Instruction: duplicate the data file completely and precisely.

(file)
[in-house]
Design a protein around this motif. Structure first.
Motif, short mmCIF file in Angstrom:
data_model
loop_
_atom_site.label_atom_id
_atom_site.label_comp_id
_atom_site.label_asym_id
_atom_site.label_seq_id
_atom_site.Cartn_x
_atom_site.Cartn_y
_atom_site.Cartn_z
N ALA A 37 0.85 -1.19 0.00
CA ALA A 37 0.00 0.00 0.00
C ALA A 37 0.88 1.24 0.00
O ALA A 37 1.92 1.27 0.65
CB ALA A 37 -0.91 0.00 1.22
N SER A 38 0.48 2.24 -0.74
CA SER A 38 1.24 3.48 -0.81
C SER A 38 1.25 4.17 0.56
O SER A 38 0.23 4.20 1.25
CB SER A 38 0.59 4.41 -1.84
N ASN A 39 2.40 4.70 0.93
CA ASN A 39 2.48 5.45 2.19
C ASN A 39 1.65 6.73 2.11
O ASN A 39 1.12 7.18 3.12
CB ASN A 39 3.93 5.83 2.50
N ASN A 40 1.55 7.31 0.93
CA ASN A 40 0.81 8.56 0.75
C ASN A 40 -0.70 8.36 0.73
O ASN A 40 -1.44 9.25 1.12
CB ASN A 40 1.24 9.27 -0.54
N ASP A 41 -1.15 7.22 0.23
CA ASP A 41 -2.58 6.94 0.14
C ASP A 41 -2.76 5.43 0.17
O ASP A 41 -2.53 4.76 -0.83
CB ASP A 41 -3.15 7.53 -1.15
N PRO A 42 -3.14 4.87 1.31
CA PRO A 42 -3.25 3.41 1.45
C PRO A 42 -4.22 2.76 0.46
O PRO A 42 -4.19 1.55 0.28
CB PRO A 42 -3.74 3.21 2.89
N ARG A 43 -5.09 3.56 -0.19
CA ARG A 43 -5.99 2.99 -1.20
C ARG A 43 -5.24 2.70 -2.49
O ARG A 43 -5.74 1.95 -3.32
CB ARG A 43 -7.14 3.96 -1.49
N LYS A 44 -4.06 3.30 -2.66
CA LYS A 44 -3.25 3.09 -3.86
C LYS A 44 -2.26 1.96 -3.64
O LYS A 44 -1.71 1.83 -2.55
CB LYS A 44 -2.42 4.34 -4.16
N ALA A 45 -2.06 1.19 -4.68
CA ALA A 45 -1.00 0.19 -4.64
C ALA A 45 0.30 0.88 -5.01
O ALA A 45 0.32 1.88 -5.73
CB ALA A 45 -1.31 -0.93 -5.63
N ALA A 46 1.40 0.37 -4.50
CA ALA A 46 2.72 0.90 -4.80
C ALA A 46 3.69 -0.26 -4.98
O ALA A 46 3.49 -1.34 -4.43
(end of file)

[in-house]
Design a protein around this motif. Structure first.
Motif, short mmCIF file in Angstrom:
data_model
loop_
_atom_site.label_atom_id
_atom_site.label_comp_id
_atom_site.label_asym_id
_atom_site.label_seq_id
_atom_site.Cartn_x
_atom_site.Cartn_y
_atom_site.Cartn_z
N ALA A 37 0.85 -1.19 0.00
CA ALA A 37 0.00 0.00 0.00
C ALA A 37 0.88 1.24 0.00
O ALA A 37 1.92 1.27 0.65
CB ALA A 37 -0.91 0.00 1.22
N SER A 38 0.48 2.24 -0.74
CA SER A 38 1.24 3.48 -0.81
C SER A 38 1.25 4.17 0.56
O SER A 38 0.23 4.20 1.25
CB SER A 38 0.59 4.41 -1.84
N ASN A 39 2.40 4.70 0.93
CA ASN A 39 2.48 5.45 2.19
C ASN A 39 1.65 6.73 2.11
O ASN A 39 1.12 7.18 3.12
CB ASN A 39 3.93 5.83 2.50
N ASN A 40 1.55 7.31 0.93
CA ASN A 40 0.81 8.56 0.75
C ASN A 40 -0.70 8.36 0.73
O ASN A 40 -1.44 9.25 1.12
CB ASN A 40 1.24 9.27 -0.54
N ASP A 41 -1.15 7.22 0.23
CA ASP A 41 -2.58 6.94 0.14
C ASP A 41 -2.76 5.43 0.17
O ASP A 41 -2.53 4.76 -0.83
CB ASP A 41 -3.15 7.53 -1.15
N PRO A 42 -3.14 4.87 1.31
CA PRO A 42 -3.25 3.41 1.45
C PRO A 42 -4.22 2.76 0.46
O PRO A 42 -4.19 1.55 0.28
CB PRO A 42 -3.74 3.21 2.89
N ARG A 43 -5.09 3.56 -0.19
CA ARG A 43 -5.99 2.99 -1.20
C ARG A 43 -5.24 2.70 -2.49
O ARG A 43 -5.74 1.95 -3.32
CB ARG A 43 -7.14 3.96 -1.49
N LYS A 44 -4.06 3.30 -2.66
CA LYS A 44 -3.25 3.09 -3.86
C LYS A 44 -2.26 1.96 -3.64
O LYS A 44 -1.71 1.83 -2.55
CB LYS A 44 -2.42 4.34 -4.16
N ALA A 45 -2.06 1.19 -4.68
CA ALA A 45 -1.00 0.19 -4.64
C ALA A 45 0.30 0.88 -5.01
O ALA A 45 0.32 1.88 -5.73
CB ALA A 45 -1.31 -0.93 -5.63
N ALA A 46 1.40 0.37 -4.50
CA ALA A 46 2.72 0.90 -4.80
C ALA A 46 3.69 -0.26 -4.98
O ALA A 46 3.49 -1.34 -4.43